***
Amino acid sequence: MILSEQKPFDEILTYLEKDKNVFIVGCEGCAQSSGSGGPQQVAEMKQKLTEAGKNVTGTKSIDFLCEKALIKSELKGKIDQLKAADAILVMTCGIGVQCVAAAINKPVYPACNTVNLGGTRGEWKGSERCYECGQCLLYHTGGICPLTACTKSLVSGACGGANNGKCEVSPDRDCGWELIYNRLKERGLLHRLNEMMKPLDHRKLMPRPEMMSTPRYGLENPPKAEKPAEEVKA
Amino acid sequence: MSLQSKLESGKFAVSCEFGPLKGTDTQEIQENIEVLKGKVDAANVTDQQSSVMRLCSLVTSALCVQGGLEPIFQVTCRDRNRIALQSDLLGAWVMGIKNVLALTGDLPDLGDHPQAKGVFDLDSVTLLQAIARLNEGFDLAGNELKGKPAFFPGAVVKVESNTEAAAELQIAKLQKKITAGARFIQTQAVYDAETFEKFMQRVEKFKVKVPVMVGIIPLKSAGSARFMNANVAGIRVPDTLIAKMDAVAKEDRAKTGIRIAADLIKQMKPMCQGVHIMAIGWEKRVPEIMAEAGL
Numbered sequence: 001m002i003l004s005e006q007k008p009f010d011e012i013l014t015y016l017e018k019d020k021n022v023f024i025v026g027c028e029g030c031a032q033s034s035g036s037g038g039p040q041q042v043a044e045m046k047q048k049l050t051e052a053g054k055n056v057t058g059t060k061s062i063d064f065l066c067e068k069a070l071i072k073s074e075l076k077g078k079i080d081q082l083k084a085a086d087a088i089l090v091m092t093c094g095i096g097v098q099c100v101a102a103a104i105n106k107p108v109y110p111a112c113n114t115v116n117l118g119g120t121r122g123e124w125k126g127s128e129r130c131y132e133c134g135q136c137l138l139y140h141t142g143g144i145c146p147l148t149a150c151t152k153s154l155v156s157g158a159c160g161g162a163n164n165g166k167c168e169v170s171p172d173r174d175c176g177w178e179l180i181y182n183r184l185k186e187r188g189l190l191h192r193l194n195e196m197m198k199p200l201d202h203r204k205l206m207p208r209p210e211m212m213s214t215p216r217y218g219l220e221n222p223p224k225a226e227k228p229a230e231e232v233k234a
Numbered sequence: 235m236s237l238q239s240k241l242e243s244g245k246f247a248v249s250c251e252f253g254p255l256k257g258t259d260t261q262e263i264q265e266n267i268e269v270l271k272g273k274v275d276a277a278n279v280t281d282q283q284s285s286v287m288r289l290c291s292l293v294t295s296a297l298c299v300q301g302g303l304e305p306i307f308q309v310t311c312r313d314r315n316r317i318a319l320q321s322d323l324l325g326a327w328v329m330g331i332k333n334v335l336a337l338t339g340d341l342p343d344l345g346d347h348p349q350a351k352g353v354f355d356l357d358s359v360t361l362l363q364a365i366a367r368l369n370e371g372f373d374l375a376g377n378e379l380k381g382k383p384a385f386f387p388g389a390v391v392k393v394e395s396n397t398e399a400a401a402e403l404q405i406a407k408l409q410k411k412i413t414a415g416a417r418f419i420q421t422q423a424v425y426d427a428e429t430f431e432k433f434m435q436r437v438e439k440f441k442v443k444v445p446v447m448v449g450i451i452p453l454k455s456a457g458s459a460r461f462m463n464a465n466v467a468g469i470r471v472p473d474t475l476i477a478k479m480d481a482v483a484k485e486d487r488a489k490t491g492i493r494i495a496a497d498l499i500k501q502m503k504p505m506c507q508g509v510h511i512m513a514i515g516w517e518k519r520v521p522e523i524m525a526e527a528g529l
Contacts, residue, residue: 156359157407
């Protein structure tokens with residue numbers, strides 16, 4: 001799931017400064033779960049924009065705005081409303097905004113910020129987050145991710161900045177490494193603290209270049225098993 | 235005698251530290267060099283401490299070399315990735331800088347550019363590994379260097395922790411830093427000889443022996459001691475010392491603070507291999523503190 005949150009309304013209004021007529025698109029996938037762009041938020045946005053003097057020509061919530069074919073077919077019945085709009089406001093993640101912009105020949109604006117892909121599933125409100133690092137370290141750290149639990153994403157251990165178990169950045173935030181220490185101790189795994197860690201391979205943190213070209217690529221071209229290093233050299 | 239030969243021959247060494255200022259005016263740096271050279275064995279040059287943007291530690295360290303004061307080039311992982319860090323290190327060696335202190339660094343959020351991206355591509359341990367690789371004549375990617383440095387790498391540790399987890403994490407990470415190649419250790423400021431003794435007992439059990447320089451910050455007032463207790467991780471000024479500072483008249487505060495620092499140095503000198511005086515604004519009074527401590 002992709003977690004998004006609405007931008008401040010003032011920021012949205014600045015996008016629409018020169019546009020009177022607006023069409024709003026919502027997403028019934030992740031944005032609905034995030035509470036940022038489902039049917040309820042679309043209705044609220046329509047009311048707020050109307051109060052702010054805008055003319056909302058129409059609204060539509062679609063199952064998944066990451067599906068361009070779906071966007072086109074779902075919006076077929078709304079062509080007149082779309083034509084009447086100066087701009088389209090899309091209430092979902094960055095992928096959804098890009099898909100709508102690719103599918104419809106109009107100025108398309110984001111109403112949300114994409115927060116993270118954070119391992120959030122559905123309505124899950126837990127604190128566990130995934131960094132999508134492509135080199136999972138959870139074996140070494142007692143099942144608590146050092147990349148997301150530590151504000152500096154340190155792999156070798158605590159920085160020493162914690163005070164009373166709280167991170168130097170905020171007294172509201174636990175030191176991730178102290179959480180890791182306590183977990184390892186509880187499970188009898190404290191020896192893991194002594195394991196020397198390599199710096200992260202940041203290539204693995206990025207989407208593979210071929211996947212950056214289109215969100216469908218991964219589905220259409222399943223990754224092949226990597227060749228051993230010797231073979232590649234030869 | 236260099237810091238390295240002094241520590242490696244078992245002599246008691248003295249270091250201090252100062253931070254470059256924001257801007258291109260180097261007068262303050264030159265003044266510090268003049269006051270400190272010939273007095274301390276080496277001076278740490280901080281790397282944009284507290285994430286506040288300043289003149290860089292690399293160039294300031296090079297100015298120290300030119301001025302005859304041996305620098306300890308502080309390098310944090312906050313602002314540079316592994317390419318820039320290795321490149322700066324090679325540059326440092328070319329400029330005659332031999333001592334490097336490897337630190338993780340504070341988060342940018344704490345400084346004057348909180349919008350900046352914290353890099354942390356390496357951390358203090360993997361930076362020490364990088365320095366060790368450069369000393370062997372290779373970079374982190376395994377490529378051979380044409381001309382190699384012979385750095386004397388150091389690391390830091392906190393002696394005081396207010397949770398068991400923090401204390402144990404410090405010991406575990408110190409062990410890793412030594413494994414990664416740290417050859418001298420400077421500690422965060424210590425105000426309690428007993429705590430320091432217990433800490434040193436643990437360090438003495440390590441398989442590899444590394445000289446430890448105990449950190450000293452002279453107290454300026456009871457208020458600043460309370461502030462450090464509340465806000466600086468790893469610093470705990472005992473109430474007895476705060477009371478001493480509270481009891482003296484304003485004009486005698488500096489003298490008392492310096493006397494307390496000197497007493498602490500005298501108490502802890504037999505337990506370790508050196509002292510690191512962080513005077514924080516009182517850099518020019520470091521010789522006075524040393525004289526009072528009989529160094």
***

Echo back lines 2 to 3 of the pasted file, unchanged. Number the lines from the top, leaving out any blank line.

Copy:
Amino acid sequence: MSLQSKLESGKFAVSCEFGPLKGTDTQEIQENIEVLKGKVDAANVTDQQSSVMRLCSLVTSALCVQGGLEPIFQVTCRDRNRIALQSDLLGAWVMGIKNVLALTGDLPDLGDHPQAKGVFDLDSVTLLQAIARLNEGFDLAGNELKGKPAFFPGAVVKVESNTEAAAELQIAKLQKKITAGARFIQTQAVYDAETFEKFMQRVEKFKVKVPVMVGIIPLKSAGSARFMNANVAGIRVPDTLIAKMDAVAKEDRAKTGIRIAADLIKQMKPMCQGVHIMAIGWEKRVPEIMAEAGL
Numbered sequence: 001m002i003l004s005e006q007k008p009f010d011e012i013l014t015y016l017e018k019d020k021n022v023f024i025v026g027c028e029g030c031a032q033s034s035g036s037g038g039p040q041q042v043a044e045m046k047q048k049l050t051e052a053g054k055n056v057t058g059t060k061s062i063d064f065l066c067e068k069a070l071i072k073s074e075l076k077g078k079i080d081q082l083k084a085a086d087a088i089l090v091m092t093c094g095i096g097v098q099c100v101a102a103a104i105n106k107p108v109y110p111a112c113n114t115v116n117l118g119g120t121r122g123e124w125k126g127s128e129r130c131y132e133c134g135q136c137l138l139y140h141t142g143g144i145c146p147l148t149a150c151t152k153s154l155v156s157g158a159c160g161g162a163n164n165g166k167c168e169v170s171p172d173r174d175c176g177w178e179l180i181y182n183r184l185k186e187r188g189l190l191h192r193l194n195e196m197m198k199p200l201d202h203r204k205l206m207p208r209p210e211m212m213s214t215p216r217y218g219l220e221n222p223p224k225a226e227k228p229a230e231e232v233k234a